The right to bonafide occupancy must be actual or real. It must be based on unchallenged right. The right which is not capable of being challenged does not bestow bonafide occupancy. In the instant case the late Bataringaya bought the suit property from Besweri Mulyanti who was the father of Moses Mulyanti. In 1970 Moses Mulyanti attempted to challenge Bataringaya’s ownership of the suit property without success. After conceding defeat Moses Mulyanti approached the late Bataringaya to buy back the suit property but the request was turned down. In that case although the late Moses Mulyanti continued staying on the suit property, the Bataringaya family had no duty to levy any further claim on the suit property which was already theirs or to formally question the legality of the occupation of Moses Mulyanti whom they knew had dropped any hope of regaining ownership of the suit property and whom they were considering as a mere caretaker. In deed it was the Defendants’ evidence that when they wanted to develop the suit property they informed Moses Mulyanti who requested to be given time to vacate without laying any claim for bonafide occupancy. It was after the death of Moses Mulyanti that the Plaintiffs created their claim of bonafide occupancy. In my view this claim cannot stand. It was a mere afterthought because the occupation of Moses Mulyanti was with the knowledge that the suit property had moved from his father to the family of Bataringaya and his only option was to buy time and relocate. It was because of the turbulent time the Bataringaya’s family went through that enabled the status quo to arise. But I am satisfied with the defence that the late Moses Mulyanti did not enjoy bonafide occupancy. There was no actual or real right bonafide occupancy. Bona fide occupancy is a right that originates from a bona fide or real right. It is not a matter of aspiration or emotion. It must be an actual right not a sentimental right.

Issue No.5: Whether the Plaintiffs are entitled to the remedies and reliefs prayed for in the plaint.

Having found that there was no lawful occupancy or bonafide occupancy it is my finding that the Plaintiffs are not entitled to the remedies and reliefs prayed for in the plaint. The Plaintiffs should have been very grateful to the Bataringaya’s family for allowing Mulyanti family to continue having their cake after eating it. The Plaintiffs do not have any claims to pursue against the Defendants.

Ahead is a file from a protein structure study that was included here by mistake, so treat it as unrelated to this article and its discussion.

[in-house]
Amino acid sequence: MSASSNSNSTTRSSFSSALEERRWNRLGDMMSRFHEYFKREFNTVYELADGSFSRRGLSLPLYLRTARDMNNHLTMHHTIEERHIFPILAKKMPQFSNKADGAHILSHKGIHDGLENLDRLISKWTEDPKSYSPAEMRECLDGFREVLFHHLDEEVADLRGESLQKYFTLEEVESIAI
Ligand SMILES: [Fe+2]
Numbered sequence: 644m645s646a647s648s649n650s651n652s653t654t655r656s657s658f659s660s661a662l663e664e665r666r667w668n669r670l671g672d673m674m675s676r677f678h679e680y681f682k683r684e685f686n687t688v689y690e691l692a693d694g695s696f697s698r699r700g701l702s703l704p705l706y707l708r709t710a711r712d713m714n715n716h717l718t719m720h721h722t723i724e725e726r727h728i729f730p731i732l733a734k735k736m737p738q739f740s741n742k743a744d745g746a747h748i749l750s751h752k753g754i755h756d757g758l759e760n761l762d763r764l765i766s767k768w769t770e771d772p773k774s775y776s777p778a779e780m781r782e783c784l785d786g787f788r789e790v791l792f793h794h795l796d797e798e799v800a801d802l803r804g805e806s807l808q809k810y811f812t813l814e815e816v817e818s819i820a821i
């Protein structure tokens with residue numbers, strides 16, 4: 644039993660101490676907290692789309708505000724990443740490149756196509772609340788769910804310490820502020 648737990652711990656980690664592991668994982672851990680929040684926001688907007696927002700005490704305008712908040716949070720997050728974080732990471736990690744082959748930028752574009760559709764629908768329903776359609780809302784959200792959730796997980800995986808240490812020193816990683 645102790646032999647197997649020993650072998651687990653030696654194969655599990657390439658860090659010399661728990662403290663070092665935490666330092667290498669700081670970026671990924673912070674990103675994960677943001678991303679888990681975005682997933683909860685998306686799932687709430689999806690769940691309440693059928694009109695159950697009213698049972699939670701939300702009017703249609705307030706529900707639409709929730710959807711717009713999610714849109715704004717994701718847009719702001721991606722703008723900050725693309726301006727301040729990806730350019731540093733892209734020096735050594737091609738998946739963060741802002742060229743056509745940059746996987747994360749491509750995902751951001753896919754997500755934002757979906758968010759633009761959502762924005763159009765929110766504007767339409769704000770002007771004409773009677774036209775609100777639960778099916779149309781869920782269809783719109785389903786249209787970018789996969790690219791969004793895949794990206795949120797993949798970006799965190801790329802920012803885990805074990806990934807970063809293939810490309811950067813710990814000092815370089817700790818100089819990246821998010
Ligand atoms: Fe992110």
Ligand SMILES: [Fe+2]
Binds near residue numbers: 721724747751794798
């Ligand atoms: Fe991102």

Issue No.6: Whether the Plaintiffs have a lawful claim to the structures on the suit land and are entitled to reliefs from damages to the structures.

According to the Defendants the late Moses Mulyanti sought permission and was allowed to erect semi permanent structures on the suit land for the use of his workers. The law is trite that a building erected on a piece of land becomes part of the property of the land owner without any obligation on the land owner to compensate the builder: See Francis v Ibitye (1936) MLR 11.

The late Moses Mulyanti sought and was granted permission to construct semi permanent houses on the land for the use of his workers. The houses were there to serve his purpose and interest as and when he was still licensed to stay on the land. The Defendants should have ordered the Plaintiffs to demolish them at their costs if they had wanted.

Issue No.7: Whether the Defendants are entitled to the reliefs sought in their defence.

It is my conclusion that the Plaintiffs have no lawful claim or lawful occupancy of the suit land above the tenancy the Defendants had originally granted them to enable them relocate in good faith. The suit is therefore a non-starter. It is accordingly dismissed with costs. It is accordingly ordered that the Defendants are entitled to vacant possession of the suit property and free to evict Nakato and Madina who are strangers to the Mulyanti’s family and who are illegally occupying the suit property.

If I had to find for the Plaintiffs I would have been required to assess general and special damages. It is trite law that damages must be pleaded and proved.

The Plaintiffs contended that their houses were damaged extensively. However Counsel did not assist court by trying to quantify the alleged damages to enable court to make an assessment. However, considering that these were semi permanent houses; built without the consent of the land owner, I would award Plaintiffs Shillings five million by way of general damages.

With regard to special damages this has to be specifically pleaded and proved. The Plaintiffs never proved their claim for special damages and I am not going to award any.

All in all, the Plaintiffs’ case is dismissed with costs, and it is ordered that the Defendants get vacant possession of the suit property and to evict the remaining occupants on the suit land.

HON. JUSTICE RUBBY AWERI OPIO
JUDGE
24/5/2009

26/8/2009

Kyazze for Plaintiffs
Ojlok Julius for Defendants.

Judgment read in Chambers as in open court.

HON. JUSTICE RUBBY AWERI OPIO
JUDGE

26/8/2009